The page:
Hi @leige ,
Well actually I don’t think so. The parameter that represents intensity should be i_rxy, not r_y.
i_rxy represents the relative impact of each threat. Search for “The impact of threats on habitat in a grid cell is mediated by four factors.” in the User’s Guide to find a run down.
I personally think that in this formula, r_y may be used to emphasize the threat.To be clear, it should always be equal to 1, rather than floating between 0 and 1.
Threat values from threat rasters can be values of presence, absence (0,1) or on a scale of intensity using floating point values from 0 to 1. From the User’s Guide:
Each threat source needs to be mapped on a raster grid. A grid cell value on a threat’s map can either indicate intensity of the threat within the cell (e.g., road length in a grid cell or cultivated area in a gird cell) or simply a 1 if the grid cell contains the threat in a road or crop field cover and 0 otherwise. …
All mapped threats should be measured in the same scale and metric. For example, if one threat is measured in density per grid cell then all degradation sources should be measured in density per grid cell where density is measured with the same metric unit (e.g., km and km2). Or if one threat is measured with presence/absence (1/0) on its map then all threats should be mapped with the presence/absence scale.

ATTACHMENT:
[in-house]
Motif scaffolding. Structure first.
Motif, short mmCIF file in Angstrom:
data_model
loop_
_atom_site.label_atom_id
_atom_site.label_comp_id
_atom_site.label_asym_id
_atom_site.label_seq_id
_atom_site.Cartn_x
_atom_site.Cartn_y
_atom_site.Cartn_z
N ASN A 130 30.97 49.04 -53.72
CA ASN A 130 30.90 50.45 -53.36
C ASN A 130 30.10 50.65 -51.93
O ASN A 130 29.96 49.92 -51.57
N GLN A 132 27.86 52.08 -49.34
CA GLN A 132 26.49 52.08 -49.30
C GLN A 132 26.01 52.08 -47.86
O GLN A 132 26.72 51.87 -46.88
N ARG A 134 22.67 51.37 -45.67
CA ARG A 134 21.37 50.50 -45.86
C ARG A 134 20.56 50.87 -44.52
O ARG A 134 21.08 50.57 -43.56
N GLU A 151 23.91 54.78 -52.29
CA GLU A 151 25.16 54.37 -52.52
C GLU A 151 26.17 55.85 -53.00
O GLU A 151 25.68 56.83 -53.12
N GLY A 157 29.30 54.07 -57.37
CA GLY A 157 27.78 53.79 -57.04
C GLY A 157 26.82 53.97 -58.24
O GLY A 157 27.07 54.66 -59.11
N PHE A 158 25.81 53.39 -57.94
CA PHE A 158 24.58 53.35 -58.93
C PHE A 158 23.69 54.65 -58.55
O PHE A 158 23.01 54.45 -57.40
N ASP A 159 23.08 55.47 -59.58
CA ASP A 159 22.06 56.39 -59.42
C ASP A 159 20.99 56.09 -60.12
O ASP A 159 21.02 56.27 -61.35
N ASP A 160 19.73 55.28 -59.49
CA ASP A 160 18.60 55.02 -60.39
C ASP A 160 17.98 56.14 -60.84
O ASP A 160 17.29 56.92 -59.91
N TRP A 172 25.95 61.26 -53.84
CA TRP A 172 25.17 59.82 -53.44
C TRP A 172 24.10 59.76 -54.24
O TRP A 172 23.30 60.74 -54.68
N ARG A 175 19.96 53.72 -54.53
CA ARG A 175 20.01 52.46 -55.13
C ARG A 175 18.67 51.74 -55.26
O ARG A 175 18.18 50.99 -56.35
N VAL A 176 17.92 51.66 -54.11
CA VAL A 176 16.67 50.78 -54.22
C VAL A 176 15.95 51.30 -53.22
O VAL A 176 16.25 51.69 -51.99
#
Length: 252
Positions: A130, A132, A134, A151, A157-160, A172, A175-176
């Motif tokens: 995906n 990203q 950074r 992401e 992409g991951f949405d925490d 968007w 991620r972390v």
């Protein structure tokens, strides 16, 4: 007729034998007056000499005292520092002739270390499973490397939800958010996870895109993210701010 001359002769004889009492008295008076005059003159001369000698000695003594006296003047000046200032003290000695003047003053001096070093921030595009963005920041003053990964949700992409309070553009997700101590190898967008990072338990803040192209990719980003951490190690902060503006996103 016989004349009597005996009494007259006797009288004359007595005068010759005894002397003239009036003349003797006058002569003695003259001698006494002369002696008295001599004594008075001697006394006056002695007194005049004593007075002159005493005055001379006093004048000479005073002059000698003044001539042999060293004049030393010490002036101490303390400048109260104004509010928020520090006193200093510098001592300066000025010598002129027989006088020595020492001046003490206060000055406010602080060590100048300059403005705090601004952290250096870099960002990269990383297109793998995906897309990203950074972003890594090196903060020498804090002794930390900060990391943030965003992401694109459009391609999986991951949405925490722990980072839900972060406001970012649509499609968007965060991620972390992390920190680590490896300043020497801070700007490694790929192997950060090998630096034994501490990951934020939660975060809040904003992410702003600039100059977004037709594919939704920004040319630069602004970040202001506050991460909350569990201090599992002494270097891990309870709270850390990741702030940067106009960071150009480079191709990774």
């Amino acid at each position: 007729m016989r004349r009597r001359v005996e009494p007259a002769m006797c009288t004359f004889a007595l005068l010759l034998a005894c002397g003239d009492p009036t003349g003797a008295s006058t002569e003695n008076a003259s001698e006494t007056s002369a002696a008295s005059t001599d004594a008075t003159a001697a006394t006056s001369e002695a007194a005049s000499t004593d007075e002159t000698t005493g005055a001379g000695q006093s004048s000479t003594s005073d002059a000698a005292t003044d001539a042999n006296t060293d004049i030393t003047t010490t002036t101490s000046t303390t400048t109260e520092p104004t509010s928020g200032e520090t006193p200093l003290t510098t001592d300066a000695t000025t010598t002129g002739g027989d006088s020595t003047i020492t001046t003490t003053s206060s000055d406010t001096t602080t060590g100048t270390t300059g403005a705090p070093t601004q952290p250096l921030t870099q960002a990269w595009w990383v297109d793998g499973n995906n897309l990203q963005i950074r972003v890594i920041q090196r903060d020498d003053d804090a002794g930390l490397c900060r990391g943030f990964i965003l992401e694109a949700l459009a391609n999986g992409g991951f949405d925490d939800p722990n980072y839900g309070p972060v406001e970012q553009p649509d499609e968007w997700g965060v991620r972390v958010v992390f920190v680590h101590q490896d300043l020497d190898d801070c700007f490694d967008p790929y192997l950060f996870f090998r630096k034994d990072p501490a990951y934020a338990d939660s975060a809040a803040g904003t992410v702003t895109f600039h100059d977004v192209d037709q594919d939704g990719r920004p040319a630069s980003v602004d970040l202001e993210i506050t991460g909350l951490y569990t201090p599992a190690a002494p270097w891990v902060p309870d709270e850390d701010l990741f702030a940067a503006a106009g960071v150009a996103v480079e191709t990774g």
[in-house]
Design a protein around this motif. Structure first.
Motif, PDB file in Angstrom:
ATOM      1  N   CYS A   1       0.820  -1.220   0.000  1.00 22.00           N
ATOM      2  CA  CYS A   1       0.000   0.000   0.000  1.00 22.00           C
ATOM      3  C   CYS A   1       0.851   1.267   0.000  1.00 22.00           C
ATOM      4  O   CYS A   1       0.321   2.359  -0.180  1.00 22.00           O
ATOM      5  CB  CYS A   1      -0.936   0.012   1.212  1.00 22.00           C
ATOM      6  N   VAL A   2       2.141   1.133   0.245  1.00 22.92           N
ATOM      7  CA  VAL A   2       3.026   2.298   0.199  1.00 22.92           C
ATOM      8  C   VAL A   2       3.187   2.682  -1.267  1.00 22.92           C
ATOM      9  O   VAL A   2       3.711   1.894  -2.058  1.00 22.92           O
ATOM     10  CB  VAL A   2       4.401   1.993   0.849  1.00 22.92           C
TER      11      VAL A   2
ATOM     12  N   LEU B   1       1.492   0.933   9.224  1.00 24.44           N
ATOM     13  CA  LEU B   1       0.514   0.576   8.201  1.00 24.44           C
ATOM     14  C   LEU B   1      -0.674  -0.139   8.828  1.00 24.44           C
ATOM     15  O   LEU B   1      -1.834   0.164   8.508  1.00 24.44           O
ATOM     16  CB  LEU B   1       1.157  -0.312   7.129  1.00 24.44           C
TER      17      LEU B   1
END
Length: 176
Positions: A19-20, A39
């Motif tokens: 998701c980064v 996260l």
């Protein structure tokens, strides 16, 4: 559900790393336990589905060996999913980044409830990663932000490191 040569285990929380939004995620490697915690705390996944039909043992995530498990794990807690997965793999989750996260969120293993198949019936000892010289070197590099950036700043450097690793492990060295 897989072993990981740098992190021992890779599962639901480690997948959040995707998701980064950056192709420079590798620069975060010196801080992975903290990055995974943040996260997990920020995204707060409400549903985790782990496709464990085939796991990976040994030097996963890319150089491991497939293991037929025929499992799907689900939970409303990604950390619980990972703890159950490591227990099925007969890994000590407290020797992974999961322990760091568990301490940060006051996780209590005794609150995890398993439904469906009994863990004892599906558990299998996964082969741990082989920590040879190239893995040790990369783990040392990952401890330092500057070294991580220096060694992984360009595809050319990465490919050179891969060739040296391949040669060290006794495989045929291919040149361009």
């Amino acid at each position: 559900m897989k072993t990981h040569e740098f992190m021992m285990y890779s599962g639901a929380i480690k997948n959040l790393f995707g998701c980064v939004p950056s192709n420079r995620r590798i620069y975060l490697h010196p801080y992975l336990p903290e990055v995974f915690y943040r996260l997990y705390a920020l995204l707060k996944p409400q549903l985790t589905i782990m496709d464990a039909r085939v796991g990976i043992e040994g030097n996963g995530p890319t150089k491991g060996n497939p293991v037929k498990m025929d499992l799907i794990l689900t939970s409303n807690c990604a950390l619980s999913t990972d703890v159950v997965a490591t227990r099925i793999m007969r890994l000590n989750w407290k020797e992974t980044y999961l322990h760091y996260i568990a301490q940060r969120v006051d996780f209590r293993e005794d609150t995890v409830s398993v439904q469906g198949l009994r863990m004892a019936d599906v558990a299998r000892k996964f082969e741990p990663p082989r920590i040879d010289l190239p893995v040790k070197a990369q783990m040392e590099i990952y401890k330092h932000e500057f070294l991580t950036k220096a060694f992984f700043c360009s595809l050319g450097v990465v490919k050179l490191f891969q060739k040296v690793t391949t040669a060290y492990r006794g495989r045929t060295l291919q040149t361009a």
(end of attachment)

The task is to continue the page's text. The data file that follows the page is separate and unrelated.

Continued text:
The right side of the equation
r_y * i_rxy * beta_x * S_jr is the threat raster pixel value
r_y adjusted by the impact score for the threat, the beta score for accessibility (protected), and the sensitivity of the habitat to the threat.
Why is the z value set to 2.5?
Good question, I bet this has been addressed on the forums before. I’ll try and search for it.
According to the formula, D _xj represents the total threat level of all rasters of all threats to x raster. That being the case, is it possible in theory to exceed 1?
From the Users’s Guide:
Also note that threat weights are normalized so that the sum across all threats weights equals 1.